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Tzintzarov, Wang Share Top Student Honor

Atlanta, GA

The Love Family Foundation Scholarship goes each year to a member of the graduating class with the most outstanding scholastic record.

This year, the $10,000 scholarship provided by the Gay and Erskine Love Foundation went to Georgie Tzintzarov, an electrical and computer engineering major, and Charles M. Wang, a chemistry and computer science major. Students in all six of Georgia Tech’s colleges are considered for the award.

Both students have maintained a 4.0 GPA while engaging in multiple academic enrichment activities outside of normal coursework. The two received the award at the annual Student Honors Celebration on April 20.

Tzintzarov held summer internships at Cisco and Boeing, and he has worked as a co-op student in the Georgia Tech Research Institute’s Electronic Systems Lab. He was able to get a taste of research in two different labs during his undergraduate career. He worked in Professor Ayanna Howard’s Human-Automation Systems (HumAnS) Lab through the Opportunity Research Scholars (ORS) program and was later an undergraduate research assistant in Professor John Cressler’s Silicon-Germanium Devices and Circuits Lab.

Propelled by his exposure to undergraduate research, Tzintzarov is now pursuing a Ph.D. degree with a focus on microelectronics/microsystems with Professor Cressler as his advisor.

Outside of the lab, Tzintzarov is a member of Sigma Phi Epsilon fraternity and led efforts to improve his fraternity’s academic performance while maintaining a healthy and balanced lifestyle. He hopes to inspire his brothers to be great leaders both at Georgia Tech and in life.

Given his numerous accomplishments, perhaps the most impressive part of Tzintzarov’s journey is where it began—in a small town in Eastern Europe. Below he expounds on his “American Genesis” story and how his upbringing made him the man he is today.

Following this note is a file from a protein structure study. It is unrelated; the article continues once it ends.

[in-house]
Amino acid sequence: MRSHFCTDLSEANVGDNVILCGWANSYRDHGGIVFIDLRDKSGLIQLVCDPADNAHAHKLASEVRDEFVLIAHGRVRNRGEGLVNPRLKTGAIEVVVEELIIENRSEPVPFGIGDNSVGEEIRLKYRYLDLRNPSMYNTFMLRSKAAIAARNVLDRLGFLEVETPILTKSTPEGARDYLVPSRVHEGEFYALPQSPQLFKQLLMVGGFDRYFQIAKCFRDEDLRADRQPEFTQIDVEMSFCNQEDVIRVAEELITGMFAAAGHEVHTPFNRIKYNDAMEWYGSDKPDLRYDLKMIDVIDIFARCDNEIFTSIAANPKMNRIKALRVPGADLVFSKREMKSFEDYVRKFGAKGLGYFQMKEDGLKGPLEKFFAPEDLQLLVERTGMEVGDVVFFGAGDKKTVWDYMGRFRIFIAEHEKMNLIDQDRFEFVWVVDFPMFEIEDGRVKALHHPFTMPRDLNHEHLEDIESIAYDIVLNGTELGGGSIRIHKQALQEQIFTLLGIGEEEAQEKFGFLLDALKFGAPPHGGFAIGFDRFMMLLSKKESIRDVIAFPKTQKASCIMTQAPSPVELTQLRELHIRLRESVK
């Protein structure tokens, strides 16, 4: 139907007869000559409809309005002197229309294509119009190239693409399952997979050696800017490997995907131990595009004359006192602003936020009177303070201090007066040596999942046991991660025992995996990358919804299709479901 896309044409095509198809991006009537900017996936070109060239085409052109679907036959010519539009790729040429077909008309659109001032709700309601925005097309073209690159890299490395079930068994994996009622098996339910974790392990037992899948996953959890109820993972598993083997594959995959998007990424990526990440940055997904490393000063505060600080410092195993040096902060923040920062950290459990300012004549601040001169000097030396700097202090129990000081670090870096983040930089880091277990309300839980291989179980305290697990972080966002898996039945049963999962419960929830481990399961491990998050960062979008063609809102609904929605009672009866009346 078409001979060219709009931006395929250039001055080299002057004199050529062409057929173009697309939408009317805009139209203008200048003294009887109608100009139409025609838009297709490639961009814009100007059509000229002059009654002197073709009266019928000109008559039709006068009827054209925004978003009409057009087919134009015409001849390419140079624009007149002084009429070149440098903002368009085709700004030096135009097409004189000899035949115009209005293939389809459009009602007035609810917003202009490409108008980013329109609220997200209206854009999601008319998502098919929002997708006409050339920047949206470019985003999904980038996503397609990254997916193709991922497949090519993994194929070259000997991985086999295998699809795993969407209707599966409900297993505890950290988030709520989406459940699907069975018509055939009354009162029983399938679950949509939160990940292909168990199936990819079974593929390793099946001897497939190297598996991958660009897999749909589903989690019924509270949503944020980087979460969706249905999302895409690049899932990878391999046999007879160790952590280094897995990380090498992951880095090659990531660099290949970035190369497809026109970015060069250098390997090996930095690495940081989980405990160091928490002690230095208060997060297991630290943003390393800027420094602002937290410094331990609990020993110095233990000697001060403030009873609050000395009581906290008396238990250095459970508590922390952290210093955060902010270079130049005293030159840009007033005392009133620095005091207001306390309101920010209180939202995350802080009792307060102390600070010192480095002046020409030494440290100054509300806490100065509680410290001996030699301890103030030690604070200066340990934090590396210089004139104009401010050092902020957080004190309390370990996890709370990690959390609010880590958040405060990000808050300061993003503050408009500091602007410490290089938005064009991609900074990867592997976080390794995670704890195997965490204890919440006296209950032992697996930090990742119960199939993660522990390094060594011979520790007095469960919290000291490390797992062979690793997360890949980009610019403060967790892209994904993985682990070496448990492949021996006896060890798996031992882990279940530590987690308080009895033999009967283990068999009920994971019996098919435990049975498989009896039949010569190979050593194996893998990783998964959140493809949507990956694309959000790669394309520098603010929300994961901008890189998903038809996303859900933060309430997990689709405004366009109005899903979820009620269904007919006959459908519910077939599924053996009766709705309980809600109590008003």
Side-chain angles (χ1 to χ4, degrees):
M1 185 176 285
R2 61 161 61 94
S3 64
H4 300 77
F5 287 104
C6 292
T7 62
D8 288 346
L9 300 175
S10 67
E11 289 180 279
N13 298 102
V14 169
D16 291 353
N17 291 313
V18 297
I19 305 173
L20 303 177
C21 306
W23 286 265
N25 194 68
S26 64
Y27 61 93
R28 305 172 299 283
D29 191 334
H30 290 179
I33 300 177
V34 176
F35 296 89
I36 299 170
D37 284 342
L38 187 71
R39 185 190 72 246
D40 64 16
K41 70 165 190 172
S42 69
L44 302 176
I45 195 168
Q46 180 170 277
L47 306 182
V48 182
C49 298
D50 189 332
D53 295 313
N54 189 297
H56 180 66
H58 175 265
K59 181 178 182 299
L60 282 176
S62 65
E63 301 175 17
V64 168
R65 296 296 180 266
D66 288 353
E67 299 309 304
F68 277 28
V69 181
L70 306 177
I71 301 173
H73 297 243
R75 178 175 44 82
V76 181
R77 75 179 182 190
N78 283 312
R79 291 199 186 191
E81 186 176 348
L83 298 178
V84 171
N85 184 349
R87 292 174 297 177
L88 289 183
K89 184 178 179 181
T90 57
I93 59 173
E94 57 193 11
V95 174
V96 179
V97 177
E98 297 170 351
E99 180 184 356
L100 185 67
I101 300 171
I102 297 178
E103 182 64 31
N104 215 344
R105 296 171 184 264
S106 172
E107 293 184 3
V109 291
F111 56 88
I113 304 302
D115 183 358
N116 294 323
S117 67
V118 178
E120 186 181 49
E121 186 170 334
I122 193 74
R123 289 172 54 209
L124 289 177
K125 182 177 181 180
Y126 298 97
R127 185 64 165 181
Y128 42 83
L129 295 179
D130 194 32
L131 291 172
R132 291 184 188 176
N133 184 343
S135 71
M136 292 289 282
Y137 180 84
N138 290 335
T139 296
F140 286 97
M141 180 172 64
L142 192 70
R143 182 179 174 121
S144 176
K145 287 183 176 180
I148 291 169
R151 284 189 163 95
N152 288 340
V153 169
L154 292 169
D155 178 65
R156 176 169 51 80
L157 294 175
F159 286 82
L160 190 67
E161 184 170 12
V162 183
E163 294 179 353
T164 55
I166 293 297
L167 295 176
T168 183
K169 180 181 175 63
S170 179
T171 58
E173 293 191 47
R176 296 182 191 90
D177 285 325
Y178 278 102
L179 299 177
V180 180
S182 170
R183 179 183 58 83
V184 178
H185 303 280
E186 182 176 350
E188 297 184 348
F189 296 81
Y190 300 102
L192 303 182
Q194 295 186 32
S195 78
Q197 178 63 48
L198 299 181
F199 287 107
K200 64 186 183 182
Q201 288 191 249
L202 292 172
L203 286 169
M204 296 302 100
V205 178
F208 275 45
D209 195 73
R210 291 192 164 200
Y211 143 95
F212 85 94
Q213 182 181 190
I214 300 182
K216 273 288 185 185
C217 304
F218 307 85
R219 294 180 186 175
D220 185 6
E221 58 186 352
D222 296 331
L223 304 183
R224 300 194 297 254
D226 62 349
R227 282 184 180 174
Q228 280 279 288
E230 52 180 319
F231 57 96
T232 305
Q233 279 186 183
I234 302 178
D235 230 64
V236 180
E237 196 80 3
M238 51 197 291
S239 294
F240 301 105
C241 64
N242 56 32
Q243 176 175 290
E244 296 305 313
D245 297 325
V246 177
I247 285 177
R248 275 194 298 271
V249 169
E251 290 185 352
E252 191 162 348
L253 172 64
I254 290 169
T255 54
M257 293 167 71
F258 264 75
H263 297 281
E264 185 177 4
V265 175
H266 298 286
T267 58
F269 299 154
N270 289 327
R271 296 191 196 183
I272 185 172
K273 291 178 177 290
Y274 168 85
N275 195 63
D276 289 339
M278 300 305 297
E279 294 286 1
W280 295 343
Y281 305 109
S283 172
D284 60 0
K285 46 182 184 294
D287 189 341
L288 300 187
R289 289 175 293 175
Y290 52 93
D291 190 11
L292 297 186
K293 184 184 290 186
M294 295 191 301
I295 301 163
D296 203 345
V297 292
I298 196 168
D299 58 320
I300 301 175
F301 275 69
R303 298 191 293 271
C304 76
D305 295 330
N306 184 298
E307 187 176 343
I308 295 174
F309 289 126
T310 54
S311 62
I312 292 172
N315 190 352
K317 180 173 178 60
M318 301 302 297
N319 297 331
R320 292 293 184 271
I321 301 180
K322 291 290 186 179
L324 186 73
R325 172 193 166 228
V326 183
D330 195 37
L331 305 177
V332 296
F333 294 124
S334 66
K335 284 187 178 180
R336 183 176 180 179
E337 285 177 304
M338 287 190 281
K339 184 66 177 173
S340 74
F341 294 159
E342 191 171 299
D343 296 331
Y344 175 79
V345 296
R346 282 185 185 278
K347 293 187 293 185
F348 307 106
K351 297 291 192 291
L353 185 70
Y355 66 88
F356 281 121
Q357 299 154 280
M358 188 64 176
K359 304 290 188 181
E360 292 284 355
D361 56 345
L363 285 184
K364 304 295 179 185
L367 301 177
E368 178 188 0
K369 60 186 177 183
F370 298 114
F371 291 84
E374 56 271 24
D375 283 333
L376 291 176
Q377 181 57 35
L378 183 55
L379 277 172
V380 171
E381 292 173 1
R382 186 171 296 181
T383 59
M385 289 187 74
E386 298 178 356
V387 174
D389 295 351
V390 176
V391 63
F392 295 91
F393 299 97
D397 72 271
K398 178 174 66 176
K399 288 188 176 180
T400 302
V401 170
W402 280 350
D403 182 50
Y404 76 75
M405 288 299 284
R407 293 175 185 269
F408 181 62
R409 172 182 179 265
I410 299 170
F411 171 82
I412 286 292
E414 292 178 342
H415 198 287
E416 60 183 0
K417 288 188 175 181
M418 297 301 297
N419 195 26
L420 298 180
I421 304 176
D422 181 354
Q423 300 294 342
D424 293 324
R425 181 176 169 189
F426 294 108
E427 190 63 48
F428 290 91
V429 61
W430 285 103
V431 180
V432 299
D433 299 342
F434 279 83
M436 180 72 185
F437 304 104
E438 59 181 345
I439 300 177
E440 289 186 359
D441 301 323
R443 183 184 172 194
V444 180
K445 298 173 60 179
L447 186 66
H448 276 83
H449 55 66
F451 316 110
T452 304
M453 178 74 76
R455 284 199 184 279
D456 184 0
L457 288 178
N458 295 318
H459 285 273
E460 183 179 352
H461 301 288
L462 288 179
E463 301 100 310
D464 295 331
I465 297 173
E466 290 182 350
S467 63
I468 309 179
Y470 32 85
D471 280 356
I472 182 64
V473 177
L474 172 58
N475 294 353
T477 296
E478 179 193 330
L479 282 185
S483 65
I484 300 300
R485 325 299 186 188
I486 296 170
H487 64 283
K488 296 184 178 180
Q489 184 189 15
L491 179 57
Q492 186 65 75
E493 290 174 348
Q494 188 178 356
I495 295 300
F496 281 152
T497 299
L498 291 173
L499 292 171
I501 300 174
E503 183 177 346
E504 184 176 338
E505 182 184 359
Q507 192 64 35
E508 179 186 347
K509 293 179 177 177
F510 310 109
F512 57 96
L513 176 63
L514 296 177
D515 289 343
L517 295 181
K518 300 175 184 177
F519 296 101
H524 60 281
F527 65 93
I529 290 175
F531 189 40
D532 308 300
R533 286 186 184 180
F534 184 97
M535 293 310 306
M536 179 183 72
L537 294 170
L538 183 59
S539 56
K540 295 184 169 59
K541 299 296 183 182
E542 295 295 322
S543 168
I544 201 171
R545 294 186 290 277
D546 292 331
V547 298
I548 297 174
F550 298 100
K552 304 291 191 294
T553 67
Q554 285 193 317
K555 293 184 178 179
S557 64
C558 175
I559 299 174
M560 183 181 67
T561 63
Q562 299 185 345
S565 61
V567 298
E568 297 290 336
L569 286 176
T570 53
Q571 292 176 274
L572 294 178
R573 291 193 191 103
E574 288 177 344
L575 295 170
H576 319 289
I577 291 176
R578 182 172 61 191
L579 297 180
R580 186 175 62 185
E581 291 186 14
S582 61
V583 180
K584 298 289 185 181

Read more about Tzintzarov.

Funded by a President’s Undergraduate Research Award, Wang worked with Josephine Yu, an assistant professor in the School of Mathematics. The undergraduate research has yielded two articles co-authored by Wang. “Generalized Permutohedra from Probabilistic Graphical Models” has been posted on arXiv.org and is under review for publication in the SIAM Journal on Discrete Mathematics. Another research article, “Toric h-vectors and Chow Betti Numbers of Dual Hypersimplices,” is in preparation.

“Charles has a rare combination of curiosity, perseverance, and mathematical and computational ability, which makes him an ideal research student,” Yu said. “I have every reason to believe that he will succeed in graduate school and beyond.”

Wang’s fondness for mathematics has taken him to Hungary, where he participated in Georgia Tech’s Budapest Semester in Mathematics Program and to North Carolina, Germany, and Finland to attend mathematical research summer workshops. He will pursue a Ph.D. in mathematics at the University of California, Berkeley.

Read more about Wang.

Last revised May 15, 2020